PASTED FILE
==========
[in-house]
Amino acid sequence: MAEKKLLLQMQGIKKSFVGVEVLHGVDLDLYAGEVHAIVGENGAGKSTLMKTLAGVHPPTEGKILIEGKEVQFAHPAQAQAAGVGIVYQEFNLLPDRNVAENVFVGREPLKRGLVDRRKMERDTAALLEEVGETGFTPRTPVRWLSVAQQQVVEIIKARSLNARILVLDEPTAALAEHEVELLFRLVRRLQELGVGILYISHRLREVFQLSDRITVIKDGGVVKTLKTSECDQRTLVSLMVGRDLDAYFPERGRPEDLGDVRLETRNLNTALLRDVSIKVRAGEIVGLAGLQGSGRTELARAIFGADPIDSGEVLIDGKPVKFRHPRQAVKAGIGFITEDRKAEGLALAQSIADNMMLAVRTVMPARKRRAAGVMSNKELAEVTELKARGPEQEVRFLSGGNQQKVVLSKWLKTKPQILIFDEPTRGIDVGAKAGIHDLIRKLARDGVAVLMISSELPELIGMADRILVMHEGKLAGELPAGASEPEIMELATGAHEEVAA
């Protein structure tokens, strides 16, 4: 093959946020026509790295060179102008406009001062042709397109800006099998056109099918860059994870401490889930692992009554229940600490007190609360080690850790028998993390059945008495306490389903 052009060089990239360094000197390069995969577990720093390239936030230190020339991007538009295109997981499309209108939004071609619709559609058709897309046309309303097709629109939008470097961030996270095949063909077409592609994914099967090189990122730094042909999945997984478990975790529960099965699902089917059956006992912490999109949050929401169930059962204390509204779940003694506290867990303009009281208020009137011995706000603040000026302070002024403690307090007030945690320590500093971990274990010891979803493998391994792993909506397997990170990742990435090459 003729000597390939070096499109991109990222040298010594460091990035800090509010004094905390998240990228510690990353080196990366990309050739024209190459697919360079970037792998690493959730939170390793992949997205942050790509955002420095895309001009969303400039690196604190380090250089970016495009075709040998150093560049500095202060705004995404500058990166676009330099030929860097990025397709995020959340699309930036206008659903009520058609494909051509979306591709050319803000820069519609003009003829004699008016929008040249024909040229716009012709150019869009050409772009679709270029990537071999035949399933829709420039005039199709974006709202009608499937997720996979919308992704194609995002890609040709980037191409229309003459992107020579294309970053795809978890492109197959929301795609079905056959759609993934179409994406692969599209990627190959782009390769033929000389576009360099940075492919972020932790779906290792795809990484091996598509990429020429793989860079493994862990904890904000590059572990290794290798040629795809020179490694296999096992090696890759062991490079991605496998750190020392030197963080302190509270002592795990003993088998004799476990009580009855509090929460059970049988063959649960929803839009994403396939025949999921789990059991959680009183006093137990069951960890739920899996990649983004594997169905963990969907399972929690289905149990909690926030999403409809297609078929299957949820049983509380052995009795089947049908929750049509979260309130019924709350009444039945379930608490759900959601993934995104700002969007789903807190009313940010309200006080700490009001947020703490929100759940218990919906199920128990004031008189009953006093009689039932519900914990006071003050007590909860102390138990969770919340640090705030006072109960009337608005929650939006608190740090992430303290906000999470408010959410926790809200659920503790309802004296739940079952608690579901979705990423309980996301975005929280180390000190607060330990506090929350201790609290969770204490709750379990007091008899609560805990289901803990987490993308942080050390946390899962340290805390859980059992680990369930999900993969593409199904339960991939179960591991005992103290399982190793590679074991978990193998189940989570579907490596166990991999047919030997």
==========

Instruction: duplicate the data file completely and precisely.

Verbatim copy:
[in-house]
Amino acid sequence: MAEKKLLLQMQGIKKSFVGVEVLHGVDLDLYAGEVHAIVGENGAGKSTLMKTLAGVHPPTEGKILIEGKEVQFAHPAQAQAAGVGIVYQEFNLLPDRNVAENVFVGREPLKRGLVDRRKMERDTAALLEEVGETGFTPRTPVRWLSVAQQQVVEIIKARSLNARILVLDEPTAALAEHEVELLFRLVRRLQELGVGILYISHRLREVFQLSDRITVIKDGGVVKTLKTSECDQRTLVSLMVGRDLDAYFPERGRPEDLGDVRLETRNLNTALLRDVSIKVRAGEIVGLAGLQGSGRTELARAIFGADPIDSGEVLIDGKPVKFRHPRQAVKAGIGFITEDRKAEGLALAQSIADNMMLAVRTVMPARKRRAAGVMSNKELAEVTELKARGPEQEVRFLSGGNQQKVVLSKWLKTKPQILIFDEPTRGIDVGAKAGIHDLIRKLARDGVAVLMISSELPELIGMADRILVMHEGKLAGELPAGASEPEIMELATGAHEEVAA
């Protein structure tokens, strides 16, 4: 093959946020026509790295060179102008406009001062042709397109800006099998056109099918860059994870401490889930692992009554229940600490007190609360080690850790028998993390059945008495306490389903 052009060089990239360094000197390069995969577990720093390239936030230190020339991007538009295109997981499309209108939004071609619709559609058709897309046309309303097709629109939008470097961030996270095949063909077409592609994914099967090189990122730094042909999945997984478990975790529960099965699902089917059956006992912490999109949050929401169930059962204390509204779940003694506290867990303009009281208020009137011995706000603040000026302070002024403690307090007030945690320590500093971990274990010891979803493998391994792993909506397997990170990742990435090459 003729000597390939070096499109991109990222040298010594460091990035800090509010004094905390998240990228510690990353080196990366990309050739024209190459697919360079970037792998690493959730939170390793992949997205942050790509955002420095895309001009969303400039690196604190380090250089970016495009075709040998150093560049500095202060705004995404500058990166676009330099030929860097990025397709995020959340699309930036206008659903009520058609494909051509979306591709050319803000820069519609003009003829004699008016929008040249024909040229716009012709150019869009050409772009679709270029990537071999035949399933829709420039005039199709974006709202009608499937997720996979919308992704194609995002890609040709980037191409229309003459992107020579294309970053795809978890492109197959929301795609079905056959759609993934179409994406692969599209990627190959782009390769033929000389576009360099940075492919972020932790779906290792795809990484091996598509990429020429793989860079493994862990904890904000590059572990290794290798040629795809020179490694296999096992090696890759062991490079991605496998750190020392030197963080302190509270002592795990003993088998004799476990009580009855509090929460059970049988063959649960929803839009994403396939025949999921789990059991959680009183006093137990069951960890739920899996990649983004594997169905963990969907399972929690289905149990909690926030999403409809297609078929299957949820049983509380052995009795089947049908929750049509979260309130019924709350009444039945379930608490759900959601993934995104700002969007789903807190009313940010309200006080700490009001947020703490929100759940218990919906199920128990004031008189009953006093009689039932519900914990006071003050007590909860102390138990969770919340640090705030006072109960009337608005929650939006608190740090992430303290906000999470408010959410926790809200659920503790309802004296739940079952608690579901979705990423309980996301975005929280180390000190607060330990506090929350201790609290969770204490709750379990007091008899609560805990289901803990987490993308942080050390946390899962340290805390859980059992680990369930999900993969593409199904339960991939179960591991005992103290399982190793590679074991978990193998189940989570579907490596166990991999047919030997």